At the start of 2020, very few people would have predicted the events that unfolded. The COVID-19 global pandemic caused unprecedented changes to all of our lives, and has reshaped our entire working culture. From the accelerated pace of digital transformation and move to the cloud, to the increased use of collaboration tools, cybercriminals looked to take advantage of these rapid and widespread changes for their own purposes.
According to the Cyber Attack Trends: 2020 Mid-Year Report by Check Point Software, a cyber-security solutions global provider, criminal, political and nation-state threat actors have exploited the COVID-19 pandemic and related themes to target organizations across all sectors, including governments, industry, healthcare, service providers, critical infrastructure and consumers.
“The global response to the pandemic has transformed and accelerated threat actors’ business-as-usual models of attacks during the first half of this year, exploiting fears around COVID-19 as cover for their activities. We have also seen major new vulnerabilities and attack vectors emerging, which threaten the security of organizations across every sector,” said Maya Horowitz, Director, Threat Intelligence and Research, Products at Check Point Software. “Security experts need to be aware of these rapidly evolving threats so that they can ensure their organizations have with the best level of protection possible during the rest of 2020.”
Here are some of the cyber attacks trends the report discusses:
Ransomware actors have adopted a new strategy; in addition to making the victim’s files inaccessible, they now exfiltrate large quantities of data prior to its encryption in the final stage of the attack. Victims who refuse payment demands find their most sensitive data publicly displayed on dedicated websites.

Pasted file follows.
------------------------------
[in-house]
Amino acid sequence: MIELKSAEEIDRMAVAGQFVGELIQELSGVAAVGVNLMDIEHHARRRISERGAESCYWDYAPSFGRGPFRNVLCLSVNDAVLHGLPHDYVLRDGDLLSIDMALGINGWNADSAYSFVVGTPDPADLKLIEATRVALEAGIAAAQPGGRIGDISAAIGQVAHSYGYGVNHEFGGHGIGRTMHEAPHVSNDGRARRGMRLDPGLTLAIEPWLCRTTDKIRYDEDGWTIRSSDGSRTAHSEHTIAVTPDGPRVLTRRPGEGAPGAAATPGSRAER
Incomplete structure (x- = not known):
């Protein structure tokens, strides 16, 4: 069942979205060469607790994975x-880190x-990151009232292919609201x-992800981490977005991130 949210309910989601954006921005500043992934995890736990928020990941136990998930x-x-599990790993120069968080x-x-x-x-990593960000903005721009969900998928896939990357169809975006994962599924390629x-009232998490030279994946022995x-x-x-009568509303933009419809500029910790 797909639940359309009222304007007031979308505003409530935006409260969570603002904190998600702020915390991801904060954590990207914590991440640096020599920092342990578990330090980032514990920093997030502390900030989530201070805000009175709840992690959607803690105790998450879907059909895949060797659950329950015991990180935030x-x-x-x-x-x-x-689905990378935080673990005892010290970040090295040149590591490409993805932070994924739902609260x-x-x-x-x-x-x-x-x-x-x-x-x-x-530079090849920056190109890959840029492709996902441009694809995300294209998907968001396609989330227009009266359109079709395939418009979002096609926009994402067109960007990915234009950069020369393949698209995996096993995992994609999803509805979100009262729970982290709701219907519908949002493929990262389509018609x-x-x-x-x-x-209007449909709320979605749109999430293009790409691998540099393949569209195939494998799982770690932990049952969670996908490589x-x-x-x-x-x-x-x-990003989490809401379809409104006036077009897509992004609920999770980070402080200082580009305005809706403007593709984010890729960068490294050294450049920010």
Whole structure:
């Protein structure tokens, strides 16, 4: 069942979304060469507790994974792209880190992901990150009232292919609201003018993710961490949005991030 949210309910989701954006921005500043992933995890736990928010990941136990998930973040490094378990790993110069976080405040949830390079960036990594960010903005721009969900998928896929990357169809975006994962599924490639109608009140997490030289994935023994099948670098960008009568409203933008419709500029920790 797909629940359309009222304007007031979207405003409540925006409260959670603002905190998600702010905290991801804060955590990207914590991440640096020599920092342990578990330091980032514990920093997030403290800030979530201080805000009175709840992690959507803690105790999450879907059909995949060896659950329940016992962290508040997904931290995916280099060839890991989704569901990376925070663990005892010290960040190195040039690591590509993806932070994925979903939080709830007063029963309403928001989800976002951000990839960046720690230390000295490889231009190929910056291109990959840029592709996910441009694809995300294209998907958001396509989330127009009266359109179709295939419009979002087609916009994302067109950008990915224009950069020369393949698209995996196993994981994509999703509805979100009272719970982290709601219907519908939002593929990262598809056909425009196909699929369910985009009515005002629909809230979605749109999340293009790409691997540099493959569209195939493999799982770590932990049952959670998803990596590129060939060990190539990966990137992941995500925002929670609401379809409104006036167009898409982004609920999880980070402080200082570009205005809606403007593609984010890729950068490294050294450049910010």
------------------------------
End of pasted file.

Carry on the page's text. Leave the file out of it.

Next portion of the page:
Nation-state cyber activity has seen a surge in intensity and escalation in severity. In times when traditional tactics to gather intelligence and knowledge are no longer feasible due to social distancing, the use of offensive cyber weapons to support national missions appears to have expanded. The goal may be better understanding of the Corona virus or securing intelligence operations, and countries and industries are the targets.
Threat actors have been seeking new infection vectors in the mobile world, changing and improving their techniques to avoid detection in places such as the official application stores. In one innovative attack, threat actors used a large international corporation’s Mobile Device Management (MDM) system to distribute malware to more than
75% of its managed mobile devices.
Industries were required to make rapid infrastructure adjustments to secure their production when working remotely. In many cases, this would not have been possible without cloud technologies. However, it also exposed more misconfigured or simply unprotected assets to the internet. In addition, for the first time, alarming vulnerabilities
were revealed in Microsoft Azure infrastructure that could enable invaders to escape VM infrastructure and compromise other customers.
The Check Point Software states that the most common malware variants during the first half of 2020 were: